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It’s really nice to be able to say ‘Hi’

POSTED: June 17, 2009 4:00 a.m.

“You must know half the people in Dawson County,” friends have often remarked. “Every where we go, you are greeting someone.”

  

It is such a common comment that I decided to trace my whereabouts for a couple of weeks to analyze the observation. So this is just a personal column; you are forewarned, you can just quit reading now.

  

The answer is fairly simple: I belong to a number of organizations, made up of different individuals, and I have been part of some of them since their beginning. Although my own family is small, I have a good number of in-laws, and Morris’s family has always accepted me as one of their own.

  

Outside of family, my core group is church and that includes several small groups. My relatives, however, are not part of my church family, although I am sometimes part of theirs.

  

Years ago, Dawson County had a ministerial association, which sponsored 5th Sunday Night joint services, and I made friends with a number of people from those churches. So the circles widen.

  

The fact that my husband was a “returning native” when we chose to make this our retirement home and the fact that we were able to retire while we were still in fairly good physical (and hopefully, mental) condition allowed us to become active in a variety of endeavors as the county grew and expanded after we made this our permanent home in 1982.

  

In the same way that we planted, tended and harvested our vegetable garden, so did Dawson County plant and tend many organizations. And the Taylors were somehow involved in several of those from the beginning.

  

Although widowed now for seven years and greatly curtailed by my 85 years, I am still somewhat involved in most of them. I see all that as I trace steps and greet friends old and new.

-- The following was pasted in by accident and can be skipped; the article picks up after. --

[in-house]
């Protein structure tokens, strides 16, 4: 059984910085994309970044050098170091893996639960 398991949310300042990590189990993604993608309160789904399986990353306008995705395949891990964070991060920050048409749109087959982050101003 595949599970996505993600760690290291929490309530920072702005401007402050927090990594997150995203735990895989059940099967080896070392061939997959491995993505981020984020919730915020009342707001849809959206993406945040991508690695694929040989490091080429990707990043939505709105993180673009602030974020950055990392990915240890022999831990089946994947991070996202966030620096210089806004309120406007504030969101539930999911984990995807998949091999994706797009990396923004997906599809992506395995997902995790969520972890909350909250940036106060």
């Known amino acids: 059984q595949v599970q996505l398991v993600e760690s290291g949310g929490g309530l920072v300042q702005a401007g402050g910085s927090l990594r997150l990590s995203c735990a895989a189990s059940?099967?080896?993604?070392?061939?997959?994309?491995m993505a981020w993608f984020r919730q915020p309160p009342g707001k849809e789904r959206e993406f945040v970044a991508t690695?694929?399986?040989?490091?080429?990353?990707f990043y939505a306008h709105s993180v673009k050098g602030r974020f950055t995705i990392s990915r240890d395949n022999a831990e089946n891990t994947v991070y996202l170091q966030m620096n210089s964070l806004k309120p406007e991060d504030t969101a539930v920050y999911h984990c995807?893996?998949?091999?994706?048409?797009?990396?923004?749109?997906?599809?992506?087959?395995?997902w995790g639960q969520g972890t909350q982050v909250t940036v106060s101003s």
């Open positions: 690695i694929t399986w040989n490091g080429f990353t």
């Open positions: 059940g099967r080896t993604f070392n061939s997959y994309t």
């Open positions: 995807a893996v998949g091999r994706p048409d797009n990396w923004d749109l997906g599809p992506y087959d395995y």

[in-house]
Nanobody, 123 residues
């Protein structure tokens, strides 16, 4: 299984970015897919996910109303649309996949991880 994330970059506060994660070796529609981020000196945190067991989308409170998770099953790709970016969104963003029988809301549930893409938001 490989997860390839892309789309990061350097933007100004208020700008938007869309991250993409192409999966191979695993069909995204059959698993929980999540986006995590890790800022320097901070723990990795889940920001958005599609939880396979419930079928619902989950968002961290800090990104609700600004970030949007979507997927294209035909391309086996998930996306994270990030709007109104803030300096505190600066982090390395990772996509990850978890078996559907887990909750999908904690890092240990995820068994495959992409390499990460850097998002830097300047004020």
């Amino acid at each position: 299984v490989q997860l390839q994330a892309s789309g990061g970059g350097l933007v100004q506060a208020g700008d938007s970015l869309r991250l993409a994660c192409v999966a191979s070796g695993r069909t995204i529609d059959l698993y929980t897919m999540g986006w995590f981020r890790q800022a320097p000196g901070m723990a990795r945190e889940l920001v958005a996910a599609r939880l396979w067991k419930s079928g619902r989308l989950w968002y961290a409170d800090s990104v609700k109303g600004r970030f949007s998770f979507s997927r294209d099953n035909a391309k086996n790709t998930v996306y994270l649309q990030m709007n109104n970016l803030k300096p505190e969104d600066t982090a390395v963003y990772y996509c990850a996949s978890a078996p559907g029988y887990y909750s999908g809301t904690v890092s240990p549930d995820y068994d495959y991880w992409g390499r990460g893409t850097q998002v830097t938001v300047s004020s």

For example ...

  

When the local Retired Educators Association was formed, I was invited to join even though none of my teaching career was in Dawson County (incidentally, any retired educator is still invited) and at their most recent meeting, I could still be found making pictures for the newspapers.

  

A few of those retired educators also belong to the AARP chapter, of which I was also a charter member, and now the two groups have a joint Christmas party.

  

When I attend the monthly Senior Breakfast at The Father’s House, I share Sunnyside’s music with friends from both the above groups, as well as from church.

  

Actually, it would be great if more friends from both groups shared in the Historical and Genealogical Society; for many of them, Dawson County contains much of their history and genealogy. That organization was also one I helped initiate.

  

Woman’s Club was in its infancy when I became a member, but already a vital force. It has continued so as it has steadily grown.

  

Its consistently effective leadership allows this senior member to continue to participate without working so hard.

  

Many of the Dawson County Woman’s Club are board members of the Arts Council (another group of which I was a charter member) and are very active in planning and executing activities, which I now enjoy just attending in the unique and delightful Bowen Center (knowing that I did help to make that transformation possible).

  

It’s the ubiquitous Woman’s Club that sent me to the GED Recognition Reception to present their annual scholarship to a GED graduate.

  

And there I visited with members of the Lions Club, READ board, individual presenters and volunteers who teach and tutor at the Adult Literacy Center. (That literacy program itself is a success story that I love to talk about.)

  

I didn’t find many “cross-references” at the Democratic Committee’s summer-fun party, which reminds me that I have certainly seen an almost 360-degree turn on the political front since I became a Dawson County voter.

  

At the League of Women Voters annual meeting, however, I shared tables with friends from both political camps.

  

It may seem strange that with no business connections, I used to be a fixture at Chamber of Commerce events; that is because Morris and I helped to start the Ambassador Program. And I still love to meet and greet at Business After Hours functions.

  

So it is that when I stop in a local eatery or push a grocery cart, I exchange greetings with all sorts of former (and I hope present) friends from those and other groups. And that’s a blessing.

  

Helen Taylor’s column appears periodically in the Dawson Community News.

 

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